Mar
30
2017

The rediscovery of the Highland Wild Dog makes for its first confirmed sighting in more than 50 years.

The Highland Wild Dog (HWD) is the most ancient canid currently living, serving as a sort of “missing link” between the first early canids and the modern domestic dog. HWDs hadn’t been seen since the 1950s, and some researchers feared they had gone extinct from loss of habitat and contamination with nearby village dogs. Two photographs taken in recent years—one in 2005 and the other in 2012—suggested that the dogs might still be around, but remained unconfirmed.

In 2016, the New Guinea Highland Wild Dog Foundation (NGHWDF) sponsored an expedition in search of the HWD. They were initially unsuccessful, but then Mac McIntyre, one of the explorers, discovered a fresh dog print in the mud next to one of his footprint. One of the HWD, named Lady Foot and pictured above, had followed the explorers up a hill.

Trail cameras were set up immediately afterward that captured over 140 images of HWDs over the course of two days. The dogs live at altitude on Puncak Jaya, the highest summit of Mount Carstensz, and the tallest island peak in the world.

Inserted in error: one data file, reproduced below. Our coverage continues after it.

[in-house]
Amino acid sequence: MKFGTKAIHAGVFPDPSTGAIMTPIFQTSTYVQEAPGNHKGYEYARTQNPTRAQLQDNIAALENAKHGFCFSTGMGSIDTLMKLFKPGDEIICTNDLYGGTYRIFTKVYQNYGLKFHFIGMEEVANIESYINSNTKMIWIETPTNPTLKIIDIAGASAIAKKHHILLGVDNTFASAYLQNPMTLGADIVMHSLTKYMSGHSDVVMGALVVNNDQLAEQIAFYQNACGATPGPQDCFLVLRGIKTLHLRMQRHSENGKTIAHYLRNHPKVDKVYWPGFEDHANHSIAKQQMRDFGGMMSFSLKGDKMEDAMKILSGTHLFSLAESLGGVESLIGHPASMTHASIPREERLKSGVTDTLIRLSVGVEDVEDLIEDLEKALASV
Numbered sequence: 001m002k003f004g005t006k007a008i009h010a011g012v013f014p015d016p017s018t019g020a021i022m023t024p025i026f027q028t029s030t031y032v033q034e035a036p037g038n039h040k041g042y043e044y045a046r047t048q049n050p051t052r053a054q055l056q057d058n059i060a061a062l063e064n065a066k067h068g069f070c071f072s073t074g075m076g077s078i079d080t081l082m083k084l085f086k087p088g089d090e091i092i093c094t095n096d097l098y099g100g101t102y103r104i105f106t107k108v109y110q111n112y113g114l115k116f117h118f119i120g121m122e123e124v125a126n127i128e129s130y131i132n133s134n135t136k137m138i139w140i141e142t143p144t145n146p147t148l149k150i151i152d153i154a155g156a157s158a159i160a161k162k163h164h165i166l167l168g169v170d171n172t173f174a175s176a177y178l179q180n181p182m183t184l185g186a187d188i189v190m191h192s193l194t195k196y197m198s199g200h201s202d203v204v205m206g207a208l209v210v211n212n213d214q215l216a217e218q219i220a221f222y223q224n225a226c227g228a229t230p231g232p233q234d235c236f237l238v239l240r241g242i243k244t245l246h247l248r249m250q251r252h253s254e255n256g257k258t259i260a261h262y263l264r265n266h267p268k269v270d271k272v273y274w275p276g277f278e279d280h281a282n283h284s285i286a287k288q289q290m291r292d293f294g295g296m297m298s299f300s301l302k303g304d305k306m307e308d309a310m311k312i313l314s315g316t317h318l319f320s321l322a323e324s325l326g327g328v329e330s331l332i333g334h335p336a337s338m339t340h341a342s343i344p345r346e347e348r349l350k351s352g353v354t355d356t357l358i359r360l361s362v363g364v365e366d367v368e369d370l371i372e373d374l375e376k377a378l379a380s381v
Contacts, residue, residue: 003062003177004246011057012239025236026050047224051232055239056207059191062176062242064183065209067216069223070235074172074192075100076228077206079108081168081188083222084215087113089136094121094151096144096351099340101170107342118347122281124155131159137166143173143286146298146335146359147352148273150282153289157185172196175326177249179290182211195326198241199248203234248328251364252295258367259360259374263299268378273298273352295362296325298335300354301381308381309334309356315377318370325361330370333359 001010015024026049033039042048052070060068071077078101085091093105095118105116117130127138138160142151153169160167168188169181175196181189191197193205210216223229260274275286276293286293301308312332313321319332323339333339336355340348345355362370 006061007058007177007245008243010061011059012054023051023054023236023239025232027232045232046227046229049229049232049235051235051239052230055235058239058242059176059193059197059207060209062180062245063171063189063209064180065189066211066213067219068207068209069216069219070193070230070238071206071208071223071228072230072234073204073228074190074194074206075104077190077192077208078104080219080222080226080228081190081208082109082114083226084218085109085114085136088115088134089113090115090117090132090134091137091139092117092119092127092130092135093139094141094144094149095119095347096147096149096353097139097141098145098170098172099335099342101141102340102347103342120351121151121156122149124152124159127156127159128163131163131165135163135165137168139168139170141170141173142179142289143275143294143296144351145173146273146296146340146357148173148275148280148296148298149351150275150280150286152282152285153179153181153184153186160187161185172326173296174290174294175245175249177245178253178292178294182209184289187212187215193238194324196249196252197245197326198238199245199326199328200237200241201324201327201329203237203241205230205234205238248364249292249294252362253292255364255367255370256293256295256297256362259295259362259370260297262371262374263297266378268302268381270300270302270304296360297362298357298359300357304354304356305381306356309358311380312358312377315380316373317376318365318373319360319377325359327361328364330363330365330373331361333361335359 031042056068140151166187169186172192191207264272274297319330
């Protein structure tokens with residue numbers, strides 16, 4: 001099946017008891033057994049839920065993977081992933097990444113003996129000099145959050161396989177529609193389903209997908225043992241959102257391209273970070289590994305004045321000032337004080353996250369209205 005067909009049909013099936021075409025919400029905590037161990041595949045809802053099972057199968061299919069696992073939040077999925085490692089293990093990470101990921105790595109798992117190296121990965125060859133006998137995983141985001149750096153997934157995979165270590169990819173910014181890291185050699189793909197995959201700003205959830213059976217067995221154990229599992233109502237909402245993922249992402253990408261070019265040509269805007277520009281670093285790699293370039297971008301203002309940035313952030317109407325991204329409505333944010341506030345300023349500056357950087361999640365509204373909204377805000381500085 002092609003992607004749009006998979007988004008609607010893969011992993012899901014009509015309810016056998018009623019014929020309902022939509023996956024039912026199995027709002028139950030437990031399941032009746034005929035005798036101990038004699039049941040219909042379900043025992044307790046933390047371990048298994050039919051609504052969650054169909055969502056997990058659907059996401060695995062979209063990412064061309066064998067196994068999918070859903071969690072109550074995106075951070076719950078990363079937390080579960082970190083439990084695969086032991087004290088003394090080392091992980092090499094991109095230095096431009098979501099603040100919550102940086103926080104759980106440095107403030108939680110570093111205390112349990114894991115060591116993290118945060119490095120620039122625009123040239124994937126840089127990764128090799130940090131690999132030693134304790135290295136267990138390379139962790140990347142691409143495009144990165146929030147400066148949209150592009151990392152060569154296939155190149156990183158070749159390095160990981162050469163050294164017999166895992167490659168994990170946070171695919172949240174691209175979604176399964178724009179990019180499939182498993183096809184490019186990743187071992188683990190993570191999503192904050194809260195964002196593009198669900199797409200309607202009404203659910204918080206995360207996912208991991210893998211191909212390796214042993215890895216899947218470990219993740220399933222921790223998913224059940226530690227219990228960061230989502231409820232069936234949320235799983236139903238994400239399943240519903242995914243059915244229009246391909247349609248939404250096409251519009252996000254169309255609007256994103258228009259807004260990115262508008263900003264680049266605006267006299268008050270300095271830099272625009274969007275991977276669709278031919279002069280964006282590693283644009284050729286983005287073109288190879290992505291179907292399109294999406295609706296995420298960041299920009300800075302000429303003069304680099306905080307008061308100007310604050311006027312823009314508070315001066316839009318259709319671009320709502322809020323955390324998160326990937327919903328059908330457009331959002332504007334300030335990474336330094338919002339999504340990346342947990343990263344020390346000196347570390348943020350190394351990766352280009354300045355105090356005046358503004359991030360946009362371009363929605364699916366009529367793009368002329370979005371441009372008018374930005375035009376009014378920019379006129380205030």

Fecal samples were collected and DNA tests have shown HWDs are related to dingoes and New Guinea Singing Dogs, although that nature of that relationship has not yet been confirmed.

There is a mine nearby where the HWDs live, but environmental stewardship measures taken by Grasberg Mine and PT Freeport Indonesia have preserved the ecosystem and created an area where the HWDs can thrive. The area is also remote—the nearest village is 16 kilometers away and there are no permanent human settlers on Puncak Jaya.

The NGHWDF is already planning another expedition and further study. They believe that the scientific and historical importance of the HWD “remains critical to understanding canid evolution, canid and human co-evolution and migrations, and human ecology and settlement derived from the study of canids and canid evolution.”

More details and a slideshow of pictures can be found at the NGHWDF website.

Photo credit:New Guinea Highland Wild Dog Foundation (NGHWDF)

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